Adventures in Nature: The Merry Tramps of Oakland

Article excerpt

DURING THE 1880s, OAKLAND, CALIFORNIA, WAS POISED TO BECOME A HUB FOR MANUFACTURING AND TRANSPORTATION ON THE WEST COAST. The young city, founded in 1852, could boast of having six banks, three carriage manufacturers, a handful of successful iron foundries and companies that produced marble works, along with the Oakland Planing Mills--the largest producer of wood interior furnishings on the West Coast. An east-west line of the Central Pacific Railroad ran through Oakland, and the railroad sought to add a north-south line, while the Water Front Company was improving wharves in the harbor to receive larger vessels. As a community, Oakland was growing and changing with each influx of skilled workers and artisans from other regions seeking year-round employment in this emerging urban center.

Within this mostly affluent suburb of San Francisco, a grassroots group of artistic, avant-garde campers--which also happened to include a future First Lady of California--came together and called themselves the Merry Tramps. They took advantage of the transportation available to them to head for the hills, coast, and forests in search of recreation and renewal, perhaps heeding the call of Reverend W.H.H. Murray (1840-1904), who encouraged an expanding middle class to take the railways to access wilderness areas that aroused spiritual renewal by experiencing nature first-hand. Their adventures in the wilderness preceded by a generation Jack London's (1876-1916) popularity, when urban dwellers began to romanticize natural lifestyles of the recent past. The Merry Tramps bridged the first American wave of recreational camping that occurred during the 1870s and the philosophic movement that John Muir (1838-1914) energized toward environmentalism.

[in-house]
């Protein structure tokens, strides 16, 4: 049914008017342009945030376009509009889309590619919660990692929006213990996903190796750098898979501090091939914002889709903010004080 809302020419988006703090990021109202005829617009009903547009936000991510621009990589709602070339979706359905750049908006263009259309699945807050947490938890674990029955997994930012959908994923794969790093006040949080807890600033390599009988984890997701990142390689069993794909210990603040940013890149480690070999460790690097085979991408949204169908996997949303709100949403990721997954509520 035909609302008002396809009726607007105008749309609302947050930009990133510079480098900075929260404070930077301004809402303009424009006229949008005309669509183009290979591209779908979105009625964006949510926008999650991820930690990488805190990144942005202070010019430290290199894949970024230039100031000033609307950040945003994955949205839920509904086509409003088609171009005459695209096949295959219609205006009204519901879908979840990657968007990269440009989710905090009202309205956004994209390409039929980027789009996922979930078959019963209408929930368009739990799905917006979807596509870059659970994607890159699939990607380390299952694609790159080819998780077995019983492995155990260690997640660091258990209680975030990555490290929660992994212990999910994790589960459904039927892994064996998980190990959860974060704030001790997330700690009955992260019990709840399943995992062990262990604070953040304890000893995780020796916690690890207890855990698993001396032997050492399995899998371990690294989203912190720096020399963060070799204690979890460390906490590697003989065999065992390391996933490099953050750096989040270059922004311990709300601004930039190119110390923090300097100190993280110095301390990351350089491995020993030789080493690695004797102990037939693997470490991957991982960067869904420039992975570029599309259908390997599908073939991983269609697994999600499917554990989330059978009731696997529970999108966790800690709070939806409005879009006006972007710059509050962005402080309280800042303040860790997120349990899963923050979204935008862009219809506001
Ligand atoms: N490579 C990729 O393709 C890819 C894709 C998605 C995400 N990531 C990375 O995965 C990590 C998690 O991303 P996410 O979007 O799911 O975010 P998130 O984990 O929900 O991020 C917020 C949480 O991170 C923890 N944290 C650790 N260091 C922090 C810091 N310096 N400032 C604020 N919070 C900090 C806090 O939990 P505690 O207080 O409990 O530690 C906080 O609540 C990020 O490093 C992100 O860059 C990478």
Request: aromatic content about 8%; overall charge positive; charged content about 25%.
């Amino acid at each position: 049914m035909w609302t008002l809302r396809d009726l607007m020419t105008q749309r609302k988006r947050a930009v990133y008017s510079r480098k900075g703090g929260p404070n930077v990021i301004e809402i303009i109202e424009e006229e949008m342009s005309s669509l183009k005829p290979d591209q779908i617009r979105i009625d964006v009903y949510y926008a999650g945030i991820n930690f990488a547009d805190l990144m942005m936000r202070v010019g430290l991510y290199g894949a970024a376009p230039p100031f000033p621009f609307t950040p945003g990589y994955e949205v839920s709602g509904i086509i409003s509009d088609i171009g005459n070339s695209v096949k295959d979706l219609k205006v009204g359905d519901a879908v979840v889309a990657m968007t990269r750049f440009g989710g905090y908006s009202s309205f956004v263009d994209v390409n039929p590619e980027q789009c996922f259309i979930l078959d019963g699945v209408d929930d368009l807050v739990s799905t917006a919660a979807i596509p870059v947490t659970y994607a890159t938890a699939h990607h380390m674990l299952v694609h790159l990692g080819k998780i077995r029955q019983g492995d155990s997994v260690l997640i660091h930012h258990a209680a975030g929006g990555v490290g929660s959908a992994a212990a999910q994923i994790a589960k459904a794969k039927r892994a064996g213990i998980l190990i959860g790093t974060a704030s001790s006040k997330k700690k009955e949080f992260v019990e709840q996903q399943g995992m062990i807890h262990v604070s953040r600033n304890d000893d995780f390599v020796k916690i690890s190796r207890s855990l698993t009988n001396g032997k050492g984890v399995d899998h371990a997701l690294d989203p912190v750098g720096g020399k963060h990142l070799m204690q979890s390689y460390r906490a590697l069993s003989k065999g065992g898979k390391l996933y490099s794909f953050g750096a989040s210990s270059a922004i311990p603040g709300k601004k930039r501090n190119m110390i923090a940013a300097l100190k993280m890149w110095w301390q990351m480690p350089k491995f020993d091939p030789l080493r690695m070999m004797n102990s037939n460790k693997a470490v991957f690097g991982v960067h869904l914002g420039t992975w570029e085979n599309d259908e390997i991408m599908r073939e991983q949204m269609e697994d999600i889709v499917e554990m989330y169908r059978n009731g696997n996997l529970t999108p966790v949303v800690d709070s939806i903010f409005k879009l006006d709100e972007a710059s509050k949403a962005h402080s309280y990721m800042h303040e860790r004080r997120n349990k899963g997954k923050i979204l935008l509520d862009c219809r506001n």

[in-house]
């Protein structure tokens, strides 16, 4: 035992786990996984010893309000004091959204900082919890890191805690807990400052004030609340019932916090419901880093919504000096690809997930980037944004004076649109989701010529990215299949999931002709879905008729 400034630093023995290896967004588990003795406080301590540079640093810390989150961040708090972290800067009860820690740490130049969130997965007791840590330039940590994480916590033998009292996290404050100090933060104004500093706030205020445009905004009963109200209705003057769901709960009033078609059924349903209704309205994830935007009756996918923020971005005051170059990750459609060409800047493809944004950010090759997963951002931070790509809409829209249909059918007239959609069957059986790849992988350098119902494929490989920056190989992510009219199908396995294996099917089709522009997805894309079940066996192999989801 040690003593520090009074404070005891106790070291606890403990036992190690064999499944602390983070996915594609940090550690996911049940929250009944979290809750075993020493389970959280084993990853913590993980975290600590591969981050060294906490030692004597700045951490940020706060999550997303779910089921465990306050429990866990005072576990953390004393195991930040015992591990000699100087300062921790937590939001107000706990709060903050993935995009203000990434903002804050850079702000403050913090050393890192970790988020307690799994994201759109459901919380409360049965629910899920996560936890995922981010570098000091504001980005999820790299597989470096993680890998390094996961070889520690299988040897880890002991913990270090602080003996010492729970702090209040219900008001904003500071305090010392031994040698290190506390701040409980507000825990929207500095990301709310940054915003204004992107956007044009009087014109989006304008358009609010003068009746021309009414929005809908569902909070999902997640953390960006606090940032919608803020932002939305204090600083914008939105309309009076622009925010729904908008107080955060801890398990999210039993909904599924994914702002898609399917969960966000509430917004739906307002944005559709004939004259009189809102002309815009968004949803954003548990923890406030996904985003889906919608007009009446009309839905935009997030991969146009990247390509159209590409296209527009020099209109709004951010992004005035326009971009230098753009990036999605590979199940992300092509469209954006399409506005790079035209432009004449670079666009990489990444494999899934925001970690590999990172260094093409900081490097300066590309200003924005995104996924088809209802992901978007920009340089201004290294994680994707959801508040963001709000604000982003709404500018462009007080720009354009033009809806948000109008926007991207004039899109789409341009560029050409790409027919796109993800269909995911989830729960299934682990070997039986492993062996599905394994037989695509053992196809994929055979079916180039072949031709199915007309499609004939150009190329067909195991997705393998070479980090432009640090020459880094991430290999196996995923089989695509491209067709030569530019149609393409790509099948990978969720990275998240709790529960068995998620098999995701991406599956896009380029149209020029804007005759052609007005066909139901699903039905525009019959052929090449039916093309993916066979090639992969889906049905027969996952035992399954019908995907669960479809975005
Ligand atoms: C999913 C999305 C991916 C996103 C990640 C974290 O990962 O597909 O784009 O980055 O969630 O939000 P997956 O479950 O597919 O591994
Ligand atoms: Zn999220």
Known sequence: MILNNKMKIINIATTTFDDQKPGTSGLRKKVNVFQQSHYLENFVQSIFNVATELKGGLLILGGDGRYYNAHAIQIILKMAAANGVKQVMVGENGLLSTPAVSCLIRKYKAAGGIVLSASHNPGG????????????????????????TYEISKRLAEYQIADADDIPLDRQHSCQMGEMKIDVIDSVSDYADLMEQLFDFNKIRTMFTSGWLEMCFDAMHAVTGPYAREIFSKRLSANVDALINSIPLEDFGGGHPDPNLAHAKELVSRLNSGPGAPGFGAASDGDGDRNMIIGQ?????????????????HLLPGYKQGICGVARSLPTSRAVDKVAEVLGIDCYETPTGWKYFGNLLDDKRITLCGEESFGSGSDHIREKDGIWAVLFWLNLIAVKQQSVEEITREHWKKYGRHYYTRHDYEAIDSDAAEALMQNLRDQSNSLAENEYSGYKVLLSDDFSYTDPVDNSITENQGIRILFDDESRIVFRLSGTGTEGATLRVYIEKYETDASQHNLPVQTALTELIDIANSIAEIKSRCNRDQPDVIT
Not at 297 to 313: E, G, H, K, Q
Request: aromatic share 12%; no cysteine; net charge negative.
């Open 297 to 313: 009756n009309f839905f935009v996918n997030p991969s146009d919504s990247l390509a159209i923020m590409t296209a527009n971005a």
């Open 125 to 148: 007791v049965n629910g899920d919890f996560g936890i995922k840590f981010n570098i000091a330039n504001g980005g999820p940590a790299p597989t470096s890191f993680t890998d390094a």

As luck would have it, among the Tramps' number was a talented photographer named Frank B. Rodolph, who captured the small community's camaraderie and good times. Other mementoes of the Merry Tramps can be found in an autograph book owned by Helen Penniman, who married George Pardee in 1887. Pardee would be governor of California from 1903 to 1907, and his wife's souvenirs and a crazy quilt that she made commemorating her adventures are preserved in the Pardee Home Museum in Oakland.

"THE MERRY TRAMPS IN THE REDWOODS." During the 1880s Oakland, California, photographer Frank B. Rodolph captured images of a community of friends enjoying themselves in the outdoors. This informal club called itself the Merry Tramps and for nearly a decade they organized lavish annual excursions to nature spots such as Calistoga, Yosemite, the Russian River, the Sonoma County coast, and even to the San Gabriel Mountains in southern California. Rodolph captured the graceful figures and fashionable hats of nine ladies locked arm in arm, arrayed opposite nine gents braced across the shoulders. Perhaps these "Merry Tramps in the Redwoods" were playing Red Rover or some other game.

FRANK B. RODOLPH PHOTOGRAPHIC COLLECTION, COURTESY OF THE BANCROFT LIBRARY, UNIVERSITY OP CALIFORNIA, BERKELEY

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"IN THE PULLMAN, CONTRASTS." This interior shot of a Pullman car illustrates a dichotomy of the Merry Tramps: They traveled in style before they "roughed it" on their camping trips. The Merry Tramps were not unusual in their lavish style of camping; during the 1870s millions of travelers discovered the joys of outdoor recreation. The Merry Tramps traveled by train, ferry, carriage, horseback, and on foot to reach their destinations, sometimes transporting huge amounts of equipment and provisions. In June 1884, the group traveled by train to their campsite near Guerneville, California.

FRANK B. RODOLPH PHOTOGRAPHIC COLLECTION, COURTESY OF THE BANCROFT LIBRARY, UNIVERSITY OF CALIFORNIA, BERKELEY.

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"ROUND THE BRAMBLE BUSH." Although the Merry Tramps were urbanites, their keen sense of wilderness beauty may have fostered an early awareness of conservationism. …